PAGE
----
You're doing the right things. Keep watching.

A little tap water is nothing to us (I'm a swimmer and have inhaled more water and chemicals than I care to think about ;-), but for them it can be a problem. Their respiratory systems are extremely delicate and can go into a URI/pneumonia in a heartbeat.

That's not to scare you ... just keep watching the slight congestion and be ready to act quickly if you feel it's a problem or a problem developing.

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linshad02
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Post   » Tue Aug 23, 2011 12:01 am


She sounds normal again.
I am still watching.
Thank you for the advice. I'm sure I say that a lot. :)

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linshad02
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Post   » Sat Jan 14, 2012 5:27 pm


I have a question about bloat and veggies.
Alice came down with a mild case of bloat/constipation last night. She was absolutely acting normal and eating normal.
She just didn't poop. Belly was soft but a bit distended. I was up half the night checking on her. She finally had a few poops this morning around 6:00.
Then nothing until after her morning veggies. She left a nice pile so I thought she was normal again.
She stopped pooping but kept eating hay and pellets this afternoon.
She isn't a water drinker (READ: she doesn't drink unless I syringe or I leave water on the veggies.) so I started stringing water this afternoon. I have gotten about 7 CC's into her.
She is poop snacking as usual and eating hay. She has given me about a dozen poops since I started the water.
Should I give her the nightly veggies (green leaf lettuce, cilantro and green pepper) or should I skip them? She has a vet appointment tomorrow either way.

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Lynx
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Post   » Sat Jan 14, 2012 7:47 pm


I don't remember if it was in this thread or another that Talishan mentioned talking to a vet about having a supply of motility drugs if there are serious issues getting poops to pass. Maybe you can talk to your vet about this when you next see him/her.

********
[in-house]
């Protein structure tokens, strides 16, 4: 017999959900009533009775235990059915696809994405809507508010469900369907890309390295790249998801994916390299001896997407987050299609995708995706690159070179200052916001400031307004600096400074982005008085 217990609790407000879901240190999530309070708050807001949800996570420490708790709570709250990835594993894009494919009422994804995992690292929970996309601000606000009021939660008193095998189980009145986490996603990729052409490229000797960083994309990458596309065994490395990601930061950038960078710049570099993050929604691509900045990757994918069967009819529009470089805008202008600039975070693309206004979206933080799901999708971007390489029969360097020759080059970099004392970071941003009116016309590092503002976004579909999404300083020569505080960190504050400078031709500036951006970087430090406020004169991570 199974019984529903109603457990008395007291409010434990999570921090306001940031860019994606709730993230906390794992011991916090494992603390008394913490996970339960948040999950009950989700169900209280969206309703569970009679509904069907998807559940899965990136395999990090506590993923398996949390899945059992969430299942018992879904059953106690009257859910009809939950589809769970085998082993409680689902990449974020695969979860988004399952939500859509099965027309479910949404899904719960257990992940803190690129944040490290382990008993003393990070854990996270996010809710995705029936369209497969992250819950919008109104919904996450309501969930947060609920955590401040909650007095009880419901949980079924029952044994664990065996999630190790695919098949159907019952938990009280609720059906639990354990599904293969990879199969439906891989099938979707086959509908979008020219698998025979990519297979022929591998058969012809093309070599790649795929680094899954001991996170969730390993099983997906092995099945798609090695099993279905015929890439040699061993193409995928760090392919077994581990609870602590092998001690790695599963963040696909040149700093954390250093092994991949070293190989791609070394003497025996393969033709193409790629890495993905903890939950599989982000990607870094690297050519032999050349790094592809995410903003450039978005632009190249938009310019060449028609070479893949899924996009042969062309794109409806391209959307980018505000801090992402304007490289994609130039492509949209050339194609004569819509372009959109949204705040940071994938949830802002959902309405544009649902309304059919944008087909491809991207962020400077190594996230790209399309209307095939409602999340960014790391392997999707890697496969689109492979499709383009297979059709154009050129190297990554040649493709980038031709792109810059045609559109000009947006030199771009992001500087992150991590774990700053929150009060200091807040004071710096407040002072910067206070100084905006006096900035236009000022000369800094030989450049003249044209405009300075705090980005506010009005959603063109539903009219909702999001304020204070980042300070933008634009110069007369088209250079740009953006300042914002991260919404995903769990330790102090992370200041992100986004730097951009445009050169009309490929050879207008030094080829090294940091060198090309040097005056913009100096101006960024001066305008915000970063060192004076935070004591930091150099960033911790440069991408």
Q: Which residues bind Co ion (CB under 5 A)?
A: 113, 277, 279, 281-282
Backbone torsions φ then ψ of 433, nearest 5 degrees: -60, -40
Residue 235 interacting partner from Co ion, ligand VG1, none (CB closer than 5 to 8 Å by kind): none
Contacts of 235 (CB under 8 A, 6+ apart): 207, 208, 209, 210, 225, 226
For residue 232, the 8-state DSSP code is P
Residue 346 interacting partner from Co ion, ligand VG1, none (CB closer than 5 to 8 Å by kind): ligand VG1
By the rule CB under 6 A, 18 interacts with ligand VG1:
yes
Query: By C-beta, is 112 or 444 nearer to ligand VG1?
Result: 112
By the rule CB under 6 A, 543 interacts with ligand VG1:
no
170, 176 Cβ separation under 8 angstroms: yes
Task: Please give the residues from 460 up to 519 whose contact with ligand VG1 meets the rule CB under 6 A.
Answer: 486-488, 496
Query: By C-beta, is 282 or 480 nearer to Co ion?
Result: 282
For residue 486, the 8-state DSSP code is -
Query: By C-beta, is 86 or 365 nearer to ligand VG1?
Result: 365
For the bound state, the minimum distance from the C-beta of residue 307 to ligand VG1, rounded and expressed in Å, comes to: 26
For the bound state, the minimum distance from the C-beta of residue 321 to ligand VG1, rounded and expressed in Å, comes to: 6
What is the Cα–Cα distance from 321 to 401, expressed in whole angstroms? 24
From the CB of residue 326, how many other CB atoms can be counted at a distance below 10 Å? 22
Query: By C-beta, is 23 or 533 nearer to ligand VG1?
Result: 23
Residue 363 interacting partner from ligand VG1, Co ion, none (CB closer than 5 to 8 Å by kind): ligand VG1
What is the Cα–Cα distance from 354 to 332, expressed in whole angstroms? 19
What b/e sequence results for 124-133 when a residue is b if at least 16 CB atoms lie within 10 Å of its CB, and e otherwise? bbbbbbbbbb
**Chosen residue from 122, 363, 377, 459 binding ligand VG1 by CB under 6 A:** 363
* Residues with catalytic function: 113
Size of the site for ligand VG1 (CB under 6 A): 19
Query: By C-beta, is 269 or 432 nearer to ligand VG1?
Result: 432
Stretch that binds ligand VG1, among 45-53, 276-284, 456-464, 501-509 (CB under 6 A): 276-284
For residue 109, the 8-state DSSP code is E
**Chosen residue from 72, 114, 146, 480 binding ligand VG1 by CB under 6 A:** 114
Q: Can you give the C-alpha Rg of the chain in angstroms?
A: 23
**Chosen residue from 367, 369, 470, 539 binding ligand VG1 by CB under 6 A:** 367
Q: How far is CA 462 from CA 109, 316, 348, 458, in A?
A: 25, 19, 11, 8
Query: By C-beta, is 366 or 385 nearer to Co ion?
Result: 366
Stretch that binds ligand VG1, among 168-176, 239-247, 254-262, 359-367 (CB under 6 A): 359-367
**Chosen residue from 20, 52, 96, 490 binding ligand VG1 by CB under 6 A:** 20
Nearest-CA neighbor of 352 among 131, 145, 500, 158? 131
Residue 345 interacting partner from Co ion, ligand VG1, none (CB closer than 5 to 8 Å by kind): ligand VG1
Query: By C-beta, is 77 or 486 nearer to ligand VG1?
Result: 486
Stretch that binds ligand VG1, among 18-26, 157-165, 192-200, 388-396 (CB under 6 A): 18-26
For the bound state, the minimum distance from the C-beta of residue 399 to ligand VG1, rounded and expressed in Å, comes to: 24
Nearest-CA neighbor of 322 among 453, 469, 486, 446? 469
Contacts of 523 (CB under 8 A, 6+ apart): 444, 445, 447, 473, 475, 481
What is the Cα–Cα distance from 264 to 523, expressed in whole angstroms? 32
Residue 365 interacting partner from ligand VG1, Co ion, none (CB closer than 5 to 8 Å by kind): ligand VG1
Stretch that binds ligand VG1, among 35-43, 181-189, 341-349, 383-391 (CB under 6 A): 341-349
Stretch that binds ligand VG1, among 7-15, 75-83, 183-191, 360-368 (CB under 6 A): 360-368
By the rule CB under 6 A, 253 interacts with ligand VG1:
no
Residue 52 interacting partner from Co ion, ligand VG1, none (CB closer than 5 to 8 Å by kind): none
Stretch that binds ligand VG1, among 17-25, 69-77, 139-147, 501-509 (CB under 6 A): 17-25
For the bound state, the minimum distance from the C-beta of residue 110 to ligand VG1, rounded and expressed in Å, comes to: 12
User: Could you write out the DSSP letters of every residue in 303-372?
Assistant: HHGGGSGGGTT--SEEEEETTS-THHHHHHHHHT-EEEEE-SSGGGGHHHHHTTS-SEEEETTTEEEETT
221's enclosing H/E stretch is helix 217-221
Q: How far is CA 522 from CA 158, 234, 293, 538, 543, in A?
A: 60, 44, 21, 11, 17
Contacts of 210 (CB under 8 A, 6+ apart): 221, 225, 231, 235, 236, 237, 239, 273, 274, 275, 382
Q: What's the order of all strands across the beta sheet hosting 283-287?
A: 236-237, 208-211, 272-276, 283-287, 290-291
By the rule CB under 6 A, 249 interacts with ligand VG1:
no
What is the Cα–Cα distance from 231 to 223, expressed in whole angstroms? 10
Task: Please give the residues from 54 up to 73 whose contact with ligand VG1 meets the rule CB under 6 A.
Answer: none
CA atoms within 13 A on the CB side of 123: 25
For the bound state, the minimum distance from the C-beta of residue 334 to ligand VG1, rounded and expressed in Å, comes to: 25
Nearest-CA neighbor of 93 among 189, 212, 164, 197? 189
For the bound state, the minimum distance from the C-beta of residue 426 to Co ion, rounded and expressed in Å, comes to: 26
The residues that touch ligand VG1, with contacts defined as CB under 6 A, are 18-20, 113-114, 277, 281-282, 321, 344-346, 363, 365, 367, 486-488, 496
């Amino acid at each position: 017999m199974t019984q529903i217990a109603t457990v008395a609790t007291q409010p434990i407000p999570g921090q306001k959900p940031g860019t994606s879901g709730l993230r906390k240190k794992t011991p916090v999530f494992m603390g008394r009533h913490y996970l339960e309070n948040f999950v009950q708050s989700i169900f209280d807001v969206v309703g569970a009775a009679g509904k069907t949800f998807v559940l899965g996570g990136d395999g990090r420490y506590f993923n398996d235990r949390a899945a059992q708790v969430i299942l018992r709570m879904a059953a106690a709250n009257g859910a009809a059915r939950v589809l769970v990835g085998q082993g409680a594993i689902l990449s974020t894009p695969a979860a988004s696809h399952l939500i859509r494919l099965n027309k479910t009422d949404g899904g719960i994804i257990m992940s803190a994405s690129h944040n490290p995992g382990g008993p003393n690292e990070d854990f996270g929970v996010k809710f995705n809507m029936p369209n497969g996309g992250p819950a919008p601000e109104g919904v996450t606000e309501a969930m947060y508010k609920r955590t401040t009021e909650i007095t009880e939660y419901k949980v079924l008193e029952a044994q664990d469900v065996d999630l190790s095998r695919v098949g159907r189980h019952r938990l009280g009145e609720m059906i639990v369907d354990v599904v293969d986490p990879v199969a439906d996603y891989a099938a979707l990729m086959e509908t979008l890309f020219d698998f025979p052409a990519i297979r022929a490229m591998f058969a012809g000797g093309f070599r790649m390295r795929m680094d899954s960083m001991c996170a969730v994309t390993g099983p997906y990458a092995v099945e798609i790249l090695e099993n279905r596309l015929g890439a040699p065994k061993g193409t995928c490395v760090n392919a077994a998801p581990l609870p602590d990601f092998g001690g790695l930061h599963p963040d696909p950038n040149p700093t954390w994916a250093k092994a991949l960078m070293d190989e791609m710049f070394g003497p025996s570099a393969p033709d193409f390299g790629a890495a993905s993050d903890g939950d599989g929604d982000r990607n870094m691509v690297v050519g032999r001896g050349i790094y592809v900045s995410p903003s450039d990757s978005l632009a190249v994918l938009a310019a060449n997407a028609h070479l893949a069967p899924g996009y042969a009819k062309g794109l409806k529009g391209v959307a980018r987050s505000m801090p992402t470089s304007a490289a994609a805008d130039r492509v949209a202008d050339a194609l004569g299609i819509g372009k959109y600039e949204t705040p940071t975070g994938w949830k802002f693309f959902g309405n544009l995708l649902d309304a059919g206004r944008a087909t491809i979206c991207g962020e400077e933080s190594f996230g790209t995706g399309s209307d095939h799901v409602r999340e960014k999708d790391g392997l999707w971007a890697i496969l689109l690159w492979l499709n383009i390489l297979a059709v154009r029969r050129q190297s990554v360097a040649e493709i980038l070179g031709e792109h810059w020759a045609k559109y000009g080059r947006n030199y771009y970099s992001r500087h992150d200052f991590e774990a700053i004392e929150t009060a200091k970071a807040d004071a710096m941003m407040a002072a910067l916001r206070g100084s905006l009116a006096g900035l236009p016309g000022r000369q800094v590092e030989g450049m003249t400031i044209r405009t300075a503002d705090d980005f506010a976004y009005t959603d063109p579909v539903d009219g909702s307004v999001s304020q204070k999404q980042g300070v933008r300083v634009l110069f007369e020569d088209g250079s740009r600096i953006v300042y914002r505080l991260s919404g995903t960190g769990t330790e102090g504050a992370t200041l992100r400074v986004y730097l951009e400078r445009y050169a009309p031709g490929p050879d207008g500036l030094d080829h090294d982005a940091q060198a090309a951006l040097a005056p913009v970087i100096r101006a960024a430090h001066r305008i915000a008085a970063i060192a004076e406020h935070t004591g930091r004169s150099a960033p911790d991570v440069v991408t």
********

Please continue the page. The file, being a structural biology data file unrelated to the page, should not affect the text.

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linshad02
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Post   » Sat Jan 14, 2012 8:02 pm


I was thinking of that, Lynx. Hopefully there is something I can keep around. It appears that I may end up with a pig prone to periodic bloat. This came out of the blue.
I decided against her nightly veggies. She is pooping a little more frequently so I just made her a pellet mash. She seems to love the different texture.

Talishan
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Post   » Sun Jan 15, 2012 1:38 am


"I decided against her nightly veggies. She is pooping a little more frequently so I just made her a pellet mash. She seems to love the different texture."

Exactly the right decision IMO.

Ditto what Lynx said about seeing if your vet will give you a small amount of metoclopramide to keep on hand.

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linshad02
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Post   » Sun Jan 15, 2012 1:39 am


For my own reference, Alice pooped a lot tonight. Not as much or as often as normal.
Syringed about 10 cc water over the course of the afternoon/evening.
Made a pellet mash that she willingly ate. She has been grazing on her hay very normally.
At one point, she was like a little cashew and just relaxing.